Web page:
Potholes could ‘prove dangerous’ for autonomous vehicles

12.00 | 11 April 2017 | | 3 comments

A new report has concluded that the UK’s road network will need to be maintained to a higher standard should autonomous vehicles become the norm.

The report, commissioned by the RAC Foundation and published on 7 April, explores the readiness of the road network for connected and autonomous vehicles (CAVs). It concludes that potholes could prove dangerous on roads which carry a lot of self-driving vehicles, particularly those with a higher speed limit.

In his foreword for the report, Steve Gooding, director of the RAC Foundation, said this conclusion ‘sits awkwardly’ with the current state of the UK’s roads.

Conducted by consultancy group CAS, the report also highlights the importance of maintaining road markings and signs to ensure that driverless vehicles are able to accurately ‘sense’ the road environment.

The report also considers the possibility of segregated infrastructure, including the construction of additional underpasses and bridges to separate different kinds of road users.

However, it concludes that in the UK the cost of construction and the limited availability of land for separated infrastructure would ‘almost certainly bring a halt to any schemes dependent on fully segregated infrastructure’.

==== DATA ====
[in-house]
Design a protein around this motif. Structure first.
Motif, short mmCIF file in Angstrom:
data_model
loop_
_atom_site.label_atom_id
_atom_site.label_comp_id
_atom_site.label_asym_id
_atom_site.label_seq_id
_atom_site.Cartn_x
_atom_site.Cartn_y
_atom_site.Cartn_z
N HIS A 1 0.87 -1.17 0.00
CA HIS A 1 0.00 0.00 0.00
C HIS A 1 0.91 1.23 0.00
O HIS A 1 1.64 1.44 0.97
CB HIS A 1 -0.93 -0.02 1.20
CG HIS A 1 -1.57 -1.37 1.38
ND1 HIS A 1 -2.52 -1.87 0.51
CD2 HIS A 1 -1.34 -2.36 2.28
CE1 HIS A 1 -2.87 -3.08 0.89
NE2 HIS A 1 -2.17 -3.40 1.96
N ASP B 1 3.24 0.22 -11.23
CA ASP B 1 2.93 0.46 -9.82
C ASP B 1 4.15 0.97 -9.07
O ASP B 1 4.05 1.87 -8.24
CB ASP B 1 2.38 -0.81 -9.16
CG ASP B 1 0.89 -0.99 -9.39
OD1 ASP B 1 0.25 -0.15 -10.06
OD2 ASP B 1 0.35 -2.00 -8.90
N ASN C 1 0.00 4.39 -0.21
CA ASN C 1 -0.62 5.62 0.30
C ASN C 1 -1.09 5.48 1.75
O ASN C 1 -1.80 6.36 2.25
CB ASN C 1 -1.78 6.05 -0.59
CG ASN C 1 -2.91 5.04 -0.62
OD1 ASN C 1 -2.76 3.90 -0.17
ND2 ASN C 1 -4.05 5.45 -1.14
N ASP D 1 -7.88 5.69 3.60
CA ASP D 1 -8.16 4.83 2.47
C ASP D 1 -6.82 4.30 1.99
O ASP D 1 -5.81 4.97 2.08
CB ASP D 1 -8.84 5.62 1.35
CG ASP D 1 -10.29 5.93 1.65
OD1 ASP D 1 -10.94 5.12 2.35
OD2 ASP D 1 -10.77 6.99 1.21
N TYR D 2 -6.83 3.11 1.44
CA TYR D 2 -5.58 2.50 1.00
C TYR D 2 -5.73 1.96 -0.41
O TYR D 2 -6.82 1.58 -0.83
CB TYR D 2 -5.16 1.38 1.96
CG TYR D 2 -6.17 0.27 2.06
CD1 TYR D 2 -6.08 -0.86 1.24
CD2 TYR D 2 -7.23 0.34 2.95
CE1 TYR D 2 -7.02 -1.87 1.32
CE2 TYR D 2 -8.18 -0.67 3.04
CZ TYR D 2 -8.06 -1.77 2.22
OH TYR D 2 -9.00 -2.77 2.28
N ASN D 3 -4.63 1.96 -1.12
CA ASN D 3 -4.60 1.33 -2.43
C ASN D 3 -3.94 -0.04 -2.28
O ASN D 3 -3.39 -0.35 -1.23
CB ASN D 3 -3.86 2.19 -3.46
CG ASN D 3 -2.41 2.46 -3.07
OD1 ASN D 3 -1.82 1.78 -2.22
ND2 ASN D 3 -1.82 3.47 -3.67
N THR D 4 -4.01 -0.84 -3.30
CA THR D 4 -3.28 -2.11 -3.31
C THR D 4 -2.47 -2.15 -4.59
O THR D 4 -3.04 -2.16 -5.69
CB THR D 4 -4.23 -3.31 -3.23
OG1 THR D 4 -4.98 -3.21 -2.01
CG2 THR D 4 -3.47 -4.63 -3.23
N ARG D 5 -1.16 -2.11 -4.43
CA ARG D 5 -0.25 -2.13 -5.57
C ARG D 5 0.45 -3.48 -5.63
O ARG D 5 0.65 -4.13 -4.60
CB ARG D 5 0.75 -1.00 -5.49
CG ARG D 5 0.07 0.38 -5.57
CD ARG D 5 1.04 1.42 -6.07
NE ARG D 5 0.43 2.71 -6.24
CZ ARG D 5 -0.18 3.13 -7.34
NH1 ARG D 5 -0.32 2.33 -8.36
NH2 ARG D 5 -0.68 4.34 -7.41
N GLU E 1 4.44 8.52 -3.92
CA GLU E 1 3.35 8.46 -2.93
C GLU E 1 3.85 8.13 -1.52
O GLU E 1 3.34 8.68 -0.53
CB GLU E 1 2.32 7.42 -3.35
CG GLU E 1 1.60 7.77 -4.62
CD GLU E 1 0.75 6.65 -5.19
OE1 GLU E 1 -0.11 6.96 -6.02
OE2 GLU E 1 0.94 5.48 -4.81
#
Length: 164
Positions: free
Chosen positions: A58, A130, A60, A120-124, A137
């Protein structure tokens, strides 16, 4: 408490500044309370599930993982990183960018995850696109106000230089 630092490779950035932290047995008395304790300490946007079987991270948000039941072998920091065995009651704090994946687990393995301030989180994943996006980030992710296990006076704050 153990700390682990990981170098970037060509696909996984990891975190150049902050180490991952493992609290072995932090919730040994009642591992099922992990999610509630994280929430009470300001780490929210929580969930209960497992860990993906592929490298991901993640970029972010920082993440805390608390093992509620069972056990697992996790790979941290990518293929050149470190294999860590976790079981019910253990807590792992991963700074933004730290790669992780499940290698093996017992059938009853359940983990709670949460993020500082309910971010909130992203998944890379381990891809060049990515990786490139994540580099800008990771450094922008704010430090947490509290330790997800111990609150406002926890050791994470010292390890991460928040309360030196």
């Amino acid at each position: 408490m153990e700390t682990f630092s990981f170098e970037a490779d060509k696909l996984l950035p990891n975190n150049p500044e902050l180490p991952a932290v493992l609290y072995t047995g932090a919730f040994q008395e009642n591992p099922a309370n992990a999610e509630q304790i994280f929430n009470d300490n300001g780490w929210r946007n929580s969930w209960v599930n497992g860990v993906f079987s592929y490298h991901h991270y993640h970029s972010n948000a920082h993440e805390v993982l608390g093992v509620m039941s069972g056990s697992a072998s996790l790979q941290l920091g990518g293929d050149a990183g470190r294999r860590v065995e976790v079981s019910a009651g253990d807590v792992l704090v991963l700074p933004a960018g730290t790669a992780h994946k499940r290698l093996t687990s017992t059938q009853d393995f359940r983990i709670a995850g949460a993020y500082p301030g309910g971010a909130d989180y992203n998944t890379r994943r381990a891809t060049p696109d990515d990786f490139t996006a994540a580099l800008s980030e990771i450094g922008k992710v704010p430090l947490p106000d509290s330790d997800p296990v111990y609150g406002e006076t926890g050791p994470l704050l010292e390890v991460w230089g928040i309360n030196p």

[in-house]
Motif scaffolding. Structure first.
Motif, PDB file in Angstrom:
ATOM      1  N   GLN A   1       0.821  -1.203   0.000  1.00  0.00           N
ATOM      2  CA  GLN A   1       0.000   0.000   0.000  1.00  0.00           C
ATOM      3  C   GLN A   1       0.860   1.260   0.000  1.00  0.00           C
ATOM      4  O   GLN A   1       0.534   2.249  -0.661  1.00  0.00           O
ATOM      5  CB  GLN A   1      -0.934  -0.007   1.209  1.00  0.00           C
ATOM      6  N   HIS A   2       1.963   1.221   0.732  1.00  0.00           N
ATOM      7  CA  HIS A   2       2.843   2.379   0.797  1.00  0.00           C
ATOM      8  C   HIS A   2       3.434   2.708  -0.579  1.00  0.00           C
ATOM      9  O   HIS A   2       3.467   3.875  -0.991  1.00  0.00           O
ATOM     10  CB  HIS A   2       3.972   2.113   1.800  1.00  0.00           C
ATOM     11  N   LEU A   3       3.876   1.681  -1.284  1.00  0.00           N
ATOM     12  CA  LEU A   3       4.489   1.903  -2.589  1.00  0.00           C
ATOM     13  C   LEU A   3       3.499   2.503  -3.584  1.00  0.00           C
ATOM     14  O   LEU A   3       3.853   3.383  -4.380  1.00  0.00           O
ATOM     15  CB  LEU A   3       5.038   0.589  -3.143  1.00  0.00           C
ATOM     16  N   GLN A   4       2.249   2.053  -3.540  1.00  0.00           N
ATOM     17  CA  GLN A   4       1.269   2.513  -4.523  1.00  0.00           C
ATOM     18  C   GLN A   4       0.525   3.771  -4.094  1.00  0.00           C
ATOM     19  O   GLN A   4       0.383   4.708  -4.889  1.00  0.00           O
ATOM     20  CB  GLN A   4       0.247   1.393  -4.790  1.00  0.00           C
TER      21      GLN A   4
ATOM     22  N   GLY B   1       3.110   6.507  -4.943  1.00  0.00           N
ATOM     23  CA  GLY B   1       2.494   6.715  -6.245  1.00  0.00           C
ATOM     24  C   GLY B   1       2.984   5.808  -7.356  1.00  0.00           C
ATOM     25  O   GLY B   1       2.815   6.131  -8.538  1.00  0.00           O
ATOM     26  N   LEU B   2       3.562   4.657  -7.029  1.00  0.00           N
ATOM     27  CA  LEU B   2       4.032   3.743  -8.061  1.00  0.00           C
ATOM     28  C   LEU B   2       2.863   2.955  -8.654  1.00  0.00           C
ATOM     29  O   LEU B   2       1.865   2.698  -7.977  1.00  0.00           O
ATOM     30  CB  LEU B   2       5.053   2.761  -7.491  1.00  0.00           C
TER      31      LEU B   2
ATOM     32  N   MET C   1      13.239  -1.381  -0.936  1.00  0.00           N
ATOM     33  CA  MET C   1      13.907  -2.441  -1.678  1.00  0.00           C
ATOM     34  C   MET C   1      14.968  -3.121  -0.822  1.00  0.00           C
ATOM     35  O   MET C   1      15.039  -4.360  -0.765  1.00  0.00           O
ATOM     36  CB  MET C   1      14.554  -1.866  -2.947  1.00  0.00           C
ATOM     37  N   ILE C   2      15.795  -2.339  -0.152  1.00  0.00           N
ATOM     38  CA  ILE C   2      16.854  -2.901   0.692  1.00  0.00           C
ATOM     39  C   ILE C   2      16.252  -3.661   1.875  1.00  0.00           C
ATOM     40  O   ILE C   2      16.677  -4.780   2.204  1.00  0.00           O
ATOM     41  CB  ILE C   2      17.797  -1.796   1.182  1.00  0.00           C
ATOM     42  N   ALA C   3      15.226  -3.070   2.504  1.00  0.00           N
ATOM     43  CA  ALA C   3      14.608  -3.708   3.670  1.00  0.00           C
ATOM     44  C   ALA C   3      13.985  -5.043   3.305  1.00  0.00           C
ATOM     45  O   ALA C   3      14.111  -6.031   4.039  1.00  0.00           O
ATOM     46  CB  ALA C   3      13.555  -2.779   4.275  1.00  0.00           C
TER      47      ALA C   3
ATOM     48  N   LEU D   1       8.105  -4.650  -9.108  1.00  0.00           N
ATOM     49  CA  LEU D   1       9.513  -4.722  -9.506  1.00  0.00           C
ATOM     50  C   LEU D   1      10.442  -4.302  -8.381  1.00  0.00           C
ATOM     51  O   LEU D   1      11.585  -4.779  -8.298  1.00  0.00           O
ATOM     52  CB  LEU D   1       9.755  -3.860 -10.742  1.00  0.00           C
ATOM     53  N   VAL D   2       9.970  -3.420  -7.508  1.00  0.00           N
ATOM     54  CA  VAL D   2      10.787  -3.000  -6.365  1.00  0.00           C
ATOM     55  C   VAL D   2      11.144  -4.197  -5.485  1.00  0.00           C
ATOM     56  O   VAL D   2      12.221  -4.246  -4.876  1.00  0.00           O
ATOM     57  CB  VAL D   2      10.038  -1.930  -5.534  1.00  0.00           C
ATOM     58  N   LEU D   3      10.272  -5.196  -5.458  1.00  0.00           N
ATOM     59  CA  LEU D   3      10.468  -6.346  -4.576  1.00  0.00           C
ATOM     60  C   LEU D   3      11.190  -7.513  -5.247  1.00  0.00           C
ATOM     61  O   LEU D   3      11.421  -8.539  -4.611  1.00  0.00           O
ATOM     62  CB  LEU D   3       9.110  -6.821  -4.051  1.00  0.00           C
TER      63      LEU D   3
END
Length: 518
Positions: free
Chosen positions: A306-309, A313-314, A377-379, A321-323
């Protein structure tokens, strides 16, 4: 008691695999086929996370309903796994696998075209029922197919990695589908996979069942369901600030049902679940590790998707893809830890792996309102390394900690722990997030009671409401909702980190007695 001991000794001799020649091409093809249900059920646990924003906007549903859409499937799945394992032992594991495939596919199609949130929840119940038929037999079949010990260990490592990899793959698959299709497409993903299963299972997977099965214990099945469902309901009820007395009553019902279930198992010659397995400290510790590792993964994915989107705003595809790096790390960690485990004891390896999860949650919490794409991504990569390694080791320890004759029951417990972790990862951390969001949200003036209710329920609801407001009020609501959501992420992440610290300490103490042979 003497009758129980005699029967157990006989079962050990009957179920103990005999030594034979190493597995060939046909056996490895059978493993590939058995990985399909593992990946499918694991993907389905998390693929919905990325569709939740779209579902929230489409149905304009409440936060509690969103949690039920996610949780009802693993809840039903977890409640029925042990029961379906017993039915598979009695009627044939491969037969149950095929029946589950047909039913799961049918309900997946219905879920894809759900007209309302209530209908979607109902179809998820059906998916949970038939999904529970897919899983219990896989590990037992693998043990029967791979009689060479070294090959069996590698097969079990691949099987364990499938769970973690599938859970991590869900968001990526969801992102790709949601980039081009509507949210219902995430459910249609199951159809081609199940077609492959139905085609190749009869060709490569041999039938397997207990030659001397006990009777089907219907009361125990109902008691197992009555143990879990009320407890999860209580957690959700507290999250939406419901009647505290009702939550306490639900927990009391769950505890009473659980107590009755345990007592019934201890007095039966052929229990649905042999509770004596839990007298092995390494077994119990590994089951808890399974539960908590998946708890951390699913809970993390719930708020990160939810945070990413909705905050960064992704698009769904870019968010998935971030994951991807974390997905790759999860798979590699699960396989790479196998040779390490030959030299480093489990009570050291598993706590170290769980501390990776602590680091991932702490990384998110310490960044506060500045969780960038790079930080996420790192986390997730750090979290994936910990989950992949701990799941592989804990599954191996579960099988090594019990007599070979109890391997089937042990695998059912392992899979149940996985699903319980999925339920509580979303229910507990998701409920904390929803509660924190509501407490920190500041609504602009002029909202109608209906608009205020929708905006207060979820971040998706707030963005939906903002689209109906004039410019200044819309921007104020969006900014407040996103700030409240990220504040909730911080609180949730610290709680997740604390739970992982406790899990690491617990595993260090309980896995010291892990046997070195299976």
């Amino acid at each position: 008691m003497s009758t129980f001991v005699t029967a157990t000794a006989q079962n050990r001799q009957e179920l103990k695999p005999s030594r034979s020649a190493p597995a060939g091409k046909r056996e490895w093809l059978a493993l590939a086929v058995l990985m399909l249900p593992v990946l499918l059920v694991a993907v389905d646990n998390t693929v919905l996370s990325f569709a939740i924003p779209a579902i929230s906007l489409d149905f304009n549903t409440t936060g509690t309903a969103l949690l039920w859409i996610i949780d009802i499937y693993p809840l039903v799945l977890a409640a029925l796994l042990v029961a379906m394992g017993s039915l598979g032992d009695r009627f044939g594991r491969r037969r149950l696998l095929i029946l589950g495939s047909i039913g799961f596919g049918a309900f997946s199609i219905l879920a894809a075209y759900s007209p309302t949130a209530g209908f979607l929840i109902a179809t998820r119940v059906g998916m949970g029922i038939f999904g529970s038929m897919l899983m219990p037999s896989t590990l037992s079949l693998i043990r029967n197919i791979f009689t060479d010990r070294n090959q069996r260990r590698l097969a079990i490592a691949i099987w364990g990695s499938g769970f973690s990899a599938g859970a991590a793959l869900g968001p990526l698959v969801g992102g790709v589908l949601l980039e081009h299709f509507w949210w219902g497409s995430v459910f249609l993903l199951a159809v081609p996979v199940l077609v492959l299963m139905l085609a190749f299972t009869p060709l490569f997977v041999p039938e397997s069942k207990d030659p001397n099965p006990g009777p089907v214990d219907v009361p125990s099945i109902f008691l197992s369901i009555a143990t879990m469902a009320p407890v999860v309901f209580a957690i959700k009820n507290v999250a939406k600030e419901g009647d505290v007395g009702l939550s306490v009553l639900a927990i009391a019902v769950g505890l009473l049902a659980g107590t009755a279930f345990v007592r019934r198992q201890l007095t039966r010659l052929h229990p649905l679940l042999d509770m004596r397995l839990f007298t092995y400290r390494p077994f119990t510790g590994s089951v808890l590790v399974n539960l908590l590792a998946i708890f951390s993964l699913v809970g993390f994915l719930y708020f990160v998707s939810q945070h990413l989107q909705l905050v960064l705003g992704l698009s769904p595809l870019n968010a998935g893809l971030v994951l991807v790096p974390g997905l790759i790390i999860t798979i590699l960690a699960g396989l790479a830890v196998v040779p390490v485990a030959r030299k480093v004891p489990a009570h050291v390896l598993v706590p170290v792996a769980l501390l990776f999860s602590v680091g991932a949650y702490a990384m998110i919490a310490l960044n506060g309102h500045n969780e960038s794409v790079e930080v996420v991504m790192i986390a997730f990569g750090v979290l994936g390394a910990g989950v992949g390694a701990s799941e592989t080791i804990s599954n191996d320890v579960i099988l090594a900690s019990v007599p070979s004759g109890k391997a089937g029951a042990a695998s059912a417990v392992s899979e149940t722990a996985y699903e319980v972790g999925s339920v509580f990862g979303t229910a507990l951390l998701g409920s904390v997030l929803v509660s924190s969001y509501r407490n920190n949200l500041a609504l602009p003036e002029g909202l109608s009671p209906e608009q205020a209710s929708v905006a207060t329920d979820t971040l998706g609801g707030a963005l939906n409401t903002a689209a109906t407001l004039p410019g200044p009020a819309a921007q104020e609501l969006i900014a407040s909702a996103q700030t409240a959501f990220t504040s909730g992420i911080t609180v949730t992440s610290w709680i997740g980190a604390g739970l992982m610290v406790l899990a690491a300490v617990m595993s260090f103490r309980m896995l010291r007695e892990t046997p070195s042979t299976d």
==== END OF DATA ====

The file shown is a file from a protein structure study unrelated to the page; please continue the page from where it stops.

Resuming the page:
Steve Gooding said: “This report focuses on the road infrastructure. One conclusion is unsurprising – that it is early days and, thus far, impossible to predict accurately how the roll-out of automation will happen.

“Perhaps less obvious, though, is the conclusion that autonomy could require enhanced standards of road maintenance, to ensure that driverless vehicles are able to ‘sense’ the road environment accurately – the delineation of the carriageway, lane markings, traffic signs and signals etc.

“This conclusion sits awkwardly with the current state of our roads, with the government’s own estimates for the maintenance backlog running into many billions.

“One thing is for certain – whatever trajectory emerges for the driverless car, we won’t be travelling very far unless we have an adequately maintained network to drive on.”

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    Today 21st April 2017 Volkswagon have publicly stated some concerns over autonomous vehicles being used in anything other than good daylight conditions. So that seems another deep concern over their usage.

    Bob Craven Lancs
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    Do we therefore presume that it will need the repair of all roads at a cost of some £13 billion before we even contemplate these autonomous vehicles on our roads? Does that cost also include single carriageways that have no central line as they are not considered wide enough?

    Bob Craven Lancs
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    Many roads in this country have no white lines and I’d expect the makers of autonomous cars to take this into account. Such cars should also be able to react to the road conditions including surface quality and drive suitably. Whilst I can see the need for roads to have more money spent on hygiene factors now, I really don’t see the linkages to the cars of the future.

    pete, liverpool
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